Business Owners: Learn Why You May Need a Buy-Sell Agreement

 
iStock-908013398_354x216
© 

If you own a business, there’s a good chance you’ve thought about what might happen in the event you either choose to leave, or can no longer run it. But a Buy-Sell Agreement can give you peace of mind, while making it feasible for others to carry on smoothly.

 

Here’s a quick overview of how it works, and why you might want to consider it:

 

How Buy-Sell Agreements Work

What exactly is a Buy-Sell Agreement?

It’s a legally binding contract that outlines terms and conditions for a future sale of the business – or for a buy-back of an owner’s shares if he or she leaves. The agreement controls:

 

  • when owners can sell their portions
  • who can buy them, and
  • what the price will be

 

What are other names for this agreement?

You may have heard them called Business Continuation Agreements, Stock Purchase Agreements, or Buyout Agreements.

 

When do Buy-Sell Agreements actually get used?

Things that can trigger a sale of the business (or a particular owner’s interests) usually include:

  • Death or long-term disability
  • Retirement
  • Divorce
  • Personal bankruptcy
  • Criminal conviction or loss of a professional license
  • Resignation or firing

 

In some cases, Buy-Sell Agreements can offer co-owners the right to force an owner out of the business, or let an owner force his or her partners to buy him or her out.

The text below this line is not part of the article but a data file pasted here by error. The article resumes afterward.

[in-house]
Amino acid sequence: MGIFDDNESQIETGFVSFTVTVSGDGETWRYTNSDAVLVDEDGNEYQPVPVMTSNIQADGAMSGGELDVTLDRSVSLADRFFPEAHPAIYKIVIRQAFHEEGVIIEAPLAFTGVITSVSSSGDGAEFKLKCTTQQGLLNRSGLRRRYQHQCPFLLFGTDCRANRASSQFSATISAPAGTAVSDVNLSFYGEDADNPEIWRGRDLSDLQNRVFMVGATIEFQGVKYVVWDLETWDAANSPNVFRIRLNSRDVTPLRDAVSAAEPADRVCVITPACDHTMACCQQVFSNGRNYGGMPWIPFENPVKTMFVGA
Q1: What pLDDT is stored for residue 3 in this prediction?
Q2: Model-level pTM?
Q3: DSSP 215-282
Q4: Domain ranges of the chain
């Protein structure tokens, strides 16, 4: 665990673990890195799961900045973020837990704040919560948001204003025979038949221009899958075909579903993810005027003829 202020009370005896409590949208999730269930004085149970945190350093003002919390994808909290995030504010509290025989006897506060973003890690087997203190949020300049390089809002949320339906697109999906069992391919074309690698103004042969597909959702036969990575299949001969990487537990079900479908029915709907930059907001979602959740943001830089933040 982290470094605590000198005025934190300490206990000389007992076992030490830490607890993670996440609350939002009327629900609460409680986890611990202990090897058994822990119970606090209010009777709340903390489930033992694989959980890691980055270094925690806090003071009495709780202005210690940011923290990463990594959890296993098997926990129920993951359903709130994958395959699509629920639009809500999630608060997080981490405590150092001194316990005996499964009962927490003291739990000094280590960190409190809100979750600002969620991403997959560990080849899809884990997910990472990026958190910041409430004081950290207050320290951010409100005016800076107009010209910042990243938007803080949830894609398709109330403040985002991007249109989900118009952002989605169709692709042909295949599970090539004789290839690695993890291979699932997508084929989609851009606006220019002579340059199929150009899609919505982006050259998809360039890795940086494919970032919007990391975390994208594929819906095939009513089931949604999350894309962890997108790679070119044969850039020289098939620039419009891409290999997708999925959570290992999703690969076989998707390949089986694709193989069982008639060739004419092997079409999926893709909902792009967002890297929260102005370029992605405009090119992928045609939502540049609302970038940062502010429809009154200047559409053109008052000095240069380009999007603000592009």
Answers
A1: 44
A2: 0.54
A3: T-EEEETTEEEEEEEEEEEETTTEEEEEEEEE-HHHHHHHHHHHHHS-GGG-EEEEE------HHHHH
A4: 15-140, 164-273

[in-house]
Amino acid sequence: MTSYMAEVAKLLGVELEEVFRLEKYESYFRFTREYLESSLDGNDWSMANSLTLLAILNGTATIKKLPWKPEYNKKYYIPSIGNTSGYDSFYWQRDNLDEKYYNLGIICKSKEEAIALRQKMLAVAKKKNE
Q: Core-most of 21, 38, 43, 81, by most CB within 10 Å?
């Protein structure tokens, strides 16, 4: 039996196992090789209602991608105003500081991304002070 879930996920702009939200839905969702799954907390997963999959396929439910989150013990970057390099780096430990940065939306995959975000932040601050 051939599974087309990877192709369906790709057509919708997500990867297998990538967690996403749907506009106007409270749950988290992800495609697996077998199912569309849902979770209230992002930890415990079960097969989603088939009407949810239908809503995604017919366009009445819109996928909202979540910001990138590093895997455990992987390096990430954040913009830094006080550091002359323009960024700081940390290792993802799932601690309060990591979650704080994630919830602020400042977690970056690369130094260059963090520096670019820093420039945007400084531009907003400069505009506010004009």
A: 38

How is a Buy-Sell Agreement typically structured?

There are four common approaches:

 

1. Entity Purchase Buy-Sell – requires the business itself to buy the interests of each departing or deceased owner.

2. Cross Purchase Buy-Sell -- Each indidivudal owner agrees to buy a share of a departing or deceased owner's interest.

3. One-Way Buy-Sell – Typically used when a sole owner is planning a sale to a family member or key employee.

4. Wait-and-See Buy-Sell – Used when potential buyers aren’t sure if they’ll want to buy out when the time arises.  

 

Financing a Buy-Out

The buyer of an owner’s shares can finance their buy-out in a variety of ways, including:

  • Cash
  • Loans
  • Paying in Installments
  • Private Annuity
  • Stock Redemption
  • Sale-Leaseback
  • Life Insurance

…and more

 

Planning will need to be done ahead of time, so that the buyer is not forced to make a purchase that he or she cannot reasonably fund.

 

Benefits of Implementing a Buy-Sell Agreement

 

There are several key advantages to having this document in place:

  1. It helps ensure that the business can keep running smoothly after an owner’s retirement, death, or unexpected inability to work.
  2. It makes succession of a family business easier.
  3. It offers financial liquidity to pay a deceased owner’s estate costs and taxes.
  4. It can also establish the purchase price as the taxable value of an owner’s interest so that estate taxes are known and expected.

 

Are there any drawbacks to a Buy-Sell Agreement?


Any potential “downsides” are usually outweighed by the many benefits of a Buy-Sell Agreement. But there are a few things to keep in mind:

 

  1. The sale will have to be at the price established by the agreement – even if the actual value is higher by the time it happens.
  2. Most agreements will place some type of restriction on lifetime transfers.
  3. When family members are involved, the transaction needs to be demonstrated as comparable to what it would be for a sale to any unrelated individuals. Note: An independent business assessor needs to determine the fair market value for Buy-Sell Agreements.

 

Want to learn more?
Horizon Bank advisers are always here to provide you with valuable insights and Sensible Advice about your business needs. Reach out to us any time!